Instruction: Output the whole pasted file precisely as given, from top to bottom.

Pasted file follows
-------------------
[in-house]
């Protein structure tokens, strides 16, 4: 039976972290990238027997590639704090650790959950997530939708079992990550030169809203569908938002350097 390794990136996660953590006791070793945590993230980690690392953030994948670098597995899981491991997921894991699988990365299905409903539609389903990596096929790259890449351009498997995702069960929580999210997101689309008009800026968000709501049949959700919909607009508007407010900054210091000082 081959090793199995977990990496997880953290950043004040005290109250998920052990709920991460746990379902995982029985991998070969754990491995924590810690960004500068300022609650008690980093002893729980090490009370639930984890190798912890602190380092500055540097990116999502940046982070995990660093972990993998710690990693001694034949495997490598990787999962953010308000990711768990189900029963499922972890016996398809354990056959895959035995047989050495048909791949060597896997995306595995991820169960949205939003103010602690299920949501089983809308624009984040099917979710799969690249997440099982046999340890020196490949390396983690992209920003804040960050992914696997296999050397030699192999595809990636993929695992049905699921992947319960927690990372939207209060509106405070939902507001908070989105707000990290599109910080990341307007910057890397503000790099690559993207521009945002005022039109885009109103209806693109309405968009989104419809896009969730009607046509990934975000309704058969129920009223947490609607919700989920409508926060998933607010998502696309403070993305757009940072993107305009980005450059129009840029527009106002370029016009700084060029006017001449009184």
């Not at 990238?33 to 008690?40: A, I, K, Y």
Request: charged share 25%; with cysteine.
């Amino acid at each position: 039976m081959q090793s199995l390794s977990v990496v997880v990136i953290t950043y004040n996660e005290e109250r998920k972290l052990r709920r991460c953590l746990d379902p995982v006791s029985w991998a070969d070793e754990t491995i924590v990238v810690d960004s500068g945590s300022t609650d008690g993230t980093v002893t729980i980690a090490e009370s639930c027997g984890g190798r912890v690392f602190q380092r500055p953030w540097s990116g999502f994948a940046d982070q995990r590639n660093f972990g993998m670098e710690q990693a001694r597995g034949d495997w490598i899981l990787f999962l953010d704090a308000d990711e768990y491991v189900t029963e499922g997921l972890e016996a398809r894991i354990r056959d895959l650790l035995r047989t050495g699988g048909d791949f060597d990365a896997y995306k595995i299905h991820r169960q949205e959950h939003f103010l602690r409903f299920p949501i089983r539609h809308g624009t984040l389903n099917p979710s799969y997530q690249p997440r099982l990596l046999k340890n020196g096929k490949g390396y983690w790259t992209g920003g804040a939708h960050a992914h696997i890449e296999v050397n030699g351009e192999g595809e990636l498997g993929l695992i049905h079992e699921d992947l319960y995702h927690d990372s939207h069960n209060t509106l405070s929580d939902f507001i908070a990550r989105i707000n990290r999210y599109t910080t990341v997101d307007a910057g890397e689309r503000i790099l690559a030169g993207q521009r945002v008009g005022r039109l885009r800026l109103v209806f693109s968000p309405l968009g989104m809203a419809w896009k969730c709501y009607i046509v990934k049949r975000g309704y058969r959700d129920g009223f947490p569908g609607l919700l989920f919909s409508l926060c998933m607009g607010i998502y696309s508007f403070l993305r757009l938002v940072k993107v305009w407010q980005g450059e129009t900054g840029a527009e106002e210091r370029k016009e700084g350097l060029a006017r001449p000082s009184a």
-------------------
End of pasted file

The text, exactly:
[in-house]
């Protein structure tokens, strides 16, 4: 039976972290990238027997590639704090650790959950997530939708079992990550030169809203569908938002350097 390794990136996660953590006791070793945590993230980690690392953030994948670098597995899981491991997921894991699988990365299905409903539609389903990596096929790259890449351009498997995702069960929580999210997101689309008009800026968000709501049949959700919909607009508007407010900054210091000082 081959090793199995977990990496997880953290950043004040005290109250998920052990709920991460746990379902995982029985991998070969754990491995924590810690960004500068300022609650008690980093002893729980090490009370639930984890190798912890602190380092500055540097990116999502940046982070995990660093972990993998710690990693001694034949495997490598990787999962953010308000990711768990189900029963499922972890016996398809354990056959895959035995047989050495048909791949060597896997995306595995991820169960949205939003103010602690299920949501089983809308624009984040099917979710799969690249997440099982046999340890020196490949390396983690992209920003804040960050992914696997296999050397030699192999595809990636993929695992049905699921992947319960927690990372939207209060509106405070939902507001908070989105707000990290599109910080990341307007910057890397503000790099690559993207521009945002005022039109885009109103209806693109309405968009989104419809896009969730009607046509990934975000309704058969129920009223947490609607919700989920409508926060998933607010998502696309403070993305757009940072993107305009980005450059129009840029527009106002370029016009700084060029006017001449009184």
């Not at 990238?33 to 008690?40: A, I, K, Y």
Request: charged share 25%; with cysteine.
């Amino acid at each position: 039976m081959q090793s199995l390794s977990v990496v997880v990136i953290t950043y004040n996660e005290e109250r998920k972290l052990r709920r991460c953590l746990d379902p995982v006791s029985w991998a070969d070793e754990t491995i924590v990238v810690d960004s500068g945590s300022t609650d008690g993230t980093v002893t729980i980690a090490e009370s639930c027997g984890g190798r912890v690392f602190q380092r500055p953030w540097s990116g999502f994948a940046d982070q995990r590639n660093f972990g993998m670098e710690q990693a001694r597995g034949d495997w490598i899981l990787f999962l953010d704090a308000d990711e768990y491991v189900t029963e499922g997921l972890e016996a398809r894991i354990r056959d895959l650790l035995r047989t050495g699988g048909d791949f060597d990365a896997y995306k595995i299905h991820r169960q949205e959950h939003f103010l602690r409903f299920p949501i089983r539609h809308g624009t984040l389903n099917p979710s799969y997530q690249p997440r099982l990596l046999k340890n020196g096929k490949g390396y983690w790259t992209g920003g804040a939708h960050a992914h696997i890449e296999v050397n030699g351009e192999g595809e990636l498997g993929l695992i049905h079992e699921d992947l319960y995702h927690d990372s939207h069960n209060t509106l405070s929580d939902f507001i908070a990550r989105i707000n990290r999210y599109t910080t990341v997101d307007a910057g890397e689309r503000i790099l690559a030169g993207q521009r945002v008009g005022r039109l885009r800026l109103v209806f693109s968000p309405l968009g989104m809203a419809w896009k969730c709501y009607i046509v990934k049949r975000g309704y058969r959700d129920g009223f947490p569908g609607l919700l989920f919909s409508l926060c998933m607009g607010i998502y696309s508007f403070l993305r757009l938002v940072k993107v305009w407010q980005g450059e129009t900054g840029a527009e106002e210091r370029k016009e700084g350097l060029a006017r001449p000082s009184a």